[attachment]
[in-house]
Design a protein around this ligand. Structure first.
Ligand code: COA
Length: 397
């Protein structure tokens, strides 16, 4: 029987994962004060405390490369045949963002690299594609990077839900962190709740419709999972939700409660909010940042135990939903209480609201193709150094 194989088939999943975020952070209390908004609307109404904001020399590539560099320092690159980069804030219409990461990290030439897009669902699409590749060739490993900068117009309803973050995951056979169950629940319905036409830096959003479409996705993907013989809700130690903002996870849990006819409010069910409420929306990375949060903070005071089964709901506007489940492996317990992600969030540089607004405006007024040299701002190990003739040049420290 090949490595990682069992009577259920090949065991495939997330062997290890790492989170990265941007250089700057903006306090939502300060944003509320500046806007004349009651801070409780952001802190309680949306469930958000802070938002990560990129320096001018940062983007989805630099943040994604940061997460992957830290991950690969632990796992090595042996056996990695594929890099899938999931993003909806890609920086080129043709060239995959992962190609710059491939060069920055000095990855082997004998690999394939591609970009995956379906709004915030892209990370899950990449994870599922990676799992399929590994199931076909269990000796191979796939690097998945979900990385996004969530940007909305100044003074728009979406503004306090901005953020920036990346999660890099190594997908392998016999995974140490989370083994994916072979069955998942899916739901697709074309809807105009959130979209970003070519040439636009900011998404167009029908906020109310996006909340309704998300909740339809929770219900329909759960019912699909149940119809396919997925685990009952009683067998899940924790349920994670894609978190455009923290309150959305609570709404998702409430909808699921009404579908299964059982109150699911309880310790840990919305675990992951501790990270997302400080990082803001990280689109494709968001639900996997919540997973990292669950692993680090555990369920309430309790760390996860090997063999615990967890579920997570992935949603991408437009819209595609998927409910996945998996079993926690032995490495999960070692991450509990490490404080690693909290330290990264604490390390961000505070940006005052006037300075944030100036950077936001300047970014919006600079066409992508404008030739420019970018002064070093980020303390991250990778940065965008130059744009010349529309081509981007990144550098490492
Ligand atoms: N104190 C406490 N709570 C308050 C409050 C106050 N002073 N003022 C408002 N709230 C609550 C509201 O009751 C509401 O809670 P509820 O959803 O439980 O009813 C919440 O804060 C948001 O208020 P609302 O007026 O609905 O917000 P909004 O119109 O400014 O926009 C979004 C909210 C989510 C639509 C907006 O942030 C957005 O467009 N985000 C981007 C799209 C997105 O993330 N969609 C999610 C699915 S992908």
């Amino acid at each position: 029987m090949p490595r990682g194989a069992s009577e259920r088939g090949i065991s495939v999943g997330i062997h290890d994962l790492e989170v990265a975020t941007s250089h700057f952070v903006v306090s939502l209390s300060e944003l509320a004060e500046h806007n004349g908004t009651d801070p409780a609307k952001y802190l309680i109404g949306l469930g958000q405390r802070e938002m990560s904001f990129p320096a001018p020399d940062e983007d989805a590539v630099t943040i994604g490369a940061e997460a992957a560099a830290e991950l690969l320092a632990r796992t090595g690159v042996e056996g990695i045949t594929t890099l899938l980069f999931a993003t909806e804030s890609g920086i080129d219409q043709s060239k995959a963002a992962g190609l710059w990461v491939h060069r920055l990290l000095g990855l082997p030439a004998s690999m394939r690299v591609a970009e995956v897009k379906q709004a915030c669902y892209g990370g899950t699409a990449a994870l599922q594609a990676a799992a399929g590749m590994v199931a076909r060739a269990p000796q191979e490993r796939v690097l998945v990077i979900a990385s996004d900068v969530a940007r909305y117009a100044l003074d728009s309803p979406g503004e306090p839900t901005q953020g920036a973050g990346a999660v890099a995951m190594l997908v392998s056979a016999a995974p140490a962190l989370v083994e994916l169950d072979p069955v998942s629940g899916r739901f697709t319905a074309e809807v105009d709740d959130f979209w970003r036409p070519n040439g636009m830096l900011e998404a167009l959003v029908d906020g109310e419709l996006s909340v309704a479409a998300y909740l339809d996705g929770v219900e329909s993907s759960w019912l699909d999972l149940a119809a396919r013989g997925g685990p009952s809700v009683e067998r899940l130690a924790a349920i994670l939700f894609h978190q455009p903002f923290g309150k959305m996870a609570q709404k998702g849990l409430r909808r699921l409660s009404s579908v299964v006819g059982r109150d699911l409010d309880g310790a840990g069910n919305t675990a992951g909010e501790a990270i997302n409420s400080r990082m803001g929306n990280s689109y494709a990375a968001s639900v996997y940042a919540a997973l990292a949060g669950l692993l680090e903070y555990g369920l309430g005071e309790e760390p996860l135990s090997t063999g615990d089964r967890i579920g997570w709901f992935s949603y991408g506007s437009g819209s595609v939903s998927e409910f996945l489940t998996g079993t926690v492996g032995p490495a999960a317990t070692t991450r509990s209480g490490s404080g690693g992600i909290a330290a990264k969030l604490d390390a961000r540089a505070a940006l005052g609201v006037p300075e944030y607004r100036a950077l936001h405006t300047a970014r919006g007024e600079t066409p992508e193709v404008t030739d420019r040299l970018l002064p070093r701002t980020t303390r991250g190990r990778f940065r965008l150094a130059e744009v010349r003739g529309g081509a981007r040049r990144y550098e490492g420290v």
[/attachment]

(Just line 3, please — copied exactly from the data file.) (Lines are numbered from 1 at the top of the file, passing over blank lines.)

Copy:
Ligand code: COA